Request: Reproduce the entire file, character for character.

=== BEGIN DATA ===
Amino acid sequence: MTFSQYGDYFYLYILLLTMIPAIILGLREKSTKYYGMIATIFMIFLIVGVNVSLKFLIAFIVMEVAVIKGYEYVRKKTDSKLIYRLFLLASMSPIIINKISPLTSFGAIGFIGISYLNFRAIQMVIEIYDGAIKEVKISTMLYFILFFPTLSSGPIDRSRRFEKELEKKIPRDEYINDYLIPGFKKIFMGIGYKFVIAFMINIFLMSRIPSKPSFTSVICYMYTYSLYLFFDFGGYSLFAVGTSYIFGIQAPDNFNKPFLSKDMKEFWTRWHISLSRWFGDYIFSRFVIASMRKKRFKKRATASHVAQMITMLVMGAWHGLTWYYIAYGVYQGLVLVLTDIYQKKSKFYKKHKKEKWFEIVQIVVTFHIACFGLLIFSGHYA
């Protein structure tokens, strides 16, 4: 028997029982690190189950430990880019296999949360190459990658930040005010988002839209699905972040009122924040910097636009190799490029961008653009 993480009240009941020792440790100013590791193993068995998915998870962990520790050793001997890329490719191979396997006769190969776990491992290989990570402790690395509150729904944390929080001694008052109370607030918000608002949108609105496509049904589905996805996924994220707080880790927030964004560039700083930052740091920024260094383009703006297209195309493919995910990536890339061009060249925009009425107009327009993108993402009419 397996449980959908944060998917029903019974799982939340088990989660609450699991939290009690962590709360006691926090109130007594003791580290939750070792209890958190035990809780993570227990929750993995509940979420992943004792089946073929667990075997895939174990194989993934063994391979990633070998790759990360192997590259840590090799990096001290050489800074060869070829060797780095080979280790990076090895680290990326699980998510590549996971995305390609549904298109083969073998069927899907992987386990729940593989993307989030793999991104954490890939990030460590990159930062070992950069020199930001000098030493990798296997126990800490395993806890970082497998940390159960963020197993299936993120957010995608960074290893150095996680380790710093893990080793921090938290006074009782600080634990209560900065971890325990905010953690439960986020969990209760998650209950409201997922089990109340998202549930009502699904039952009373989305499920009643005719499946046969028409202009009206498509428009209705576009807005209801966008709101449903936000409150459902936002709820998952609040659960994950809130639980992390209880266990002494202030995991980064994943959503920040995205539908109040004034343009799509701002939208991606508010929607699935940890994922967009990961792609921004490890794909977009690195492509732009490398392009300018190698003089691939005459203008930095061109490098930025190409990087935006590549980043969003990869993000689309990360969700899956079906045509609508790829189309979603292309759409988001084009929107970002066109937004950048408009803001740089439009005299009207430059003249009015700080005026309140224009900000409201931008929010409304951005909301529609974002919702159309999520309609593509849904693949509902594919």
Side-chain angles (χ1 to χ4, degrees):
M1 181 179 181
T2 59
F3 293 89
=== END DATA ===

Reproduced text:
Amino acid sequence: MTFSQYGDYFYLYILLLTMIPAIILGLREKSTKYYGMIATIFMIFLIVGVNVSLKFLIAFIVMEVAVIKGYEYVRKKTDSKLIYRLFLLASMSPIIINKISPLTSFGAIGFIGISYLNFRAIQMVIEIYDGAIKEVKISTMLYFILFFPTLSSGPIDRSRRFEKELEKKIPRDEYINDYLIPGFKKIFMGIGYKFVIAFMINIFLMSRIPSKPSFTSVICYMYTYSLYLFFDFGGYSLFAVGTSYIFGIQAPDNFNKPFLSKDMKEFWTRWHISLSRWFGDYIFSRFVIASMRKKRFKKRATASHVAQMITMLVMGAWHGLTWYYIAYGVYQGLVLVLTDIYQKKSKFYKKHKKEKWFEIVQIVVTFHIACFGLLIFSGHYA
């Protein structure tokens, strides 16, 4: 028997029982690190189950430990880019296999949360190459990658930040005010988002839209699905972040009122924040910097636009190799490029961008653009 993480009240009941020792440790100013590791193993068995998915998870962990520790050793001997890329490719191979396997006769190969776990491992290989990570402790690395509150729904944390929080001694008052109370607030918000608002949108609105496509049904589905996805996924994220707080880790927030964004560039700083930052740091920024260094383009703006297209195309493919995910990536890339061009060249925009009425107009327009993108993402009419 397996449980959908944060998917029903019974799982939340088990989660609450699991939290009690962590709360006691926090109130007594003791580290939750070792209890958190035990809780993570227990929750993995509940979420992943004792089946073929667990075997895939174990194989993934063994391979990633070998790759990360192997590259840590090799990096001290050489800074060869070829060797780095080979280790990076090895680290990326699980998510590549996971995305390609549904298109083969073998069927899907992987386990729940593989993307989030793999991104954490890939990030460590990159930062070992950069020199930001000098030493990798296997126990800490395993806890970082497998940390159960963020197993299936993120957010995608960074290893150095996680380790710093893990080793921090938290006074009782600080634990209560900065971890325990905010953690439960986020969990209760998650209950409201997922089990109340998202549930009502699904039952009373989305499920009643005719499946046969028409202009009206498509428009209705576009807005209801966008709101449903936000409150459902936002709820998952609040659960994950809130639980992390209880266990002494202030995991980064994943959503920040995205539908109040004034343009799509701002939208991606508010929607699935940890994922967009990961792609921004490890794909977009690195492509732009490398392009300018190698003089691939005459203008930095061109490098930025190409990087935006590549980043969003990869993000689309990360969700899956079906045509609508790829189309979603292309759409988001084009929107970002066109937004950048408009803001740089439009005299009207430059003249009015700080005026309140224009900000409201931008929010409304951005909301529609974002919702159309999520309609593509849904693949509902594919």
Side-chain angles (χ1 to χ4, degrees):
M1 181 179 181
T2 59
F3 293 89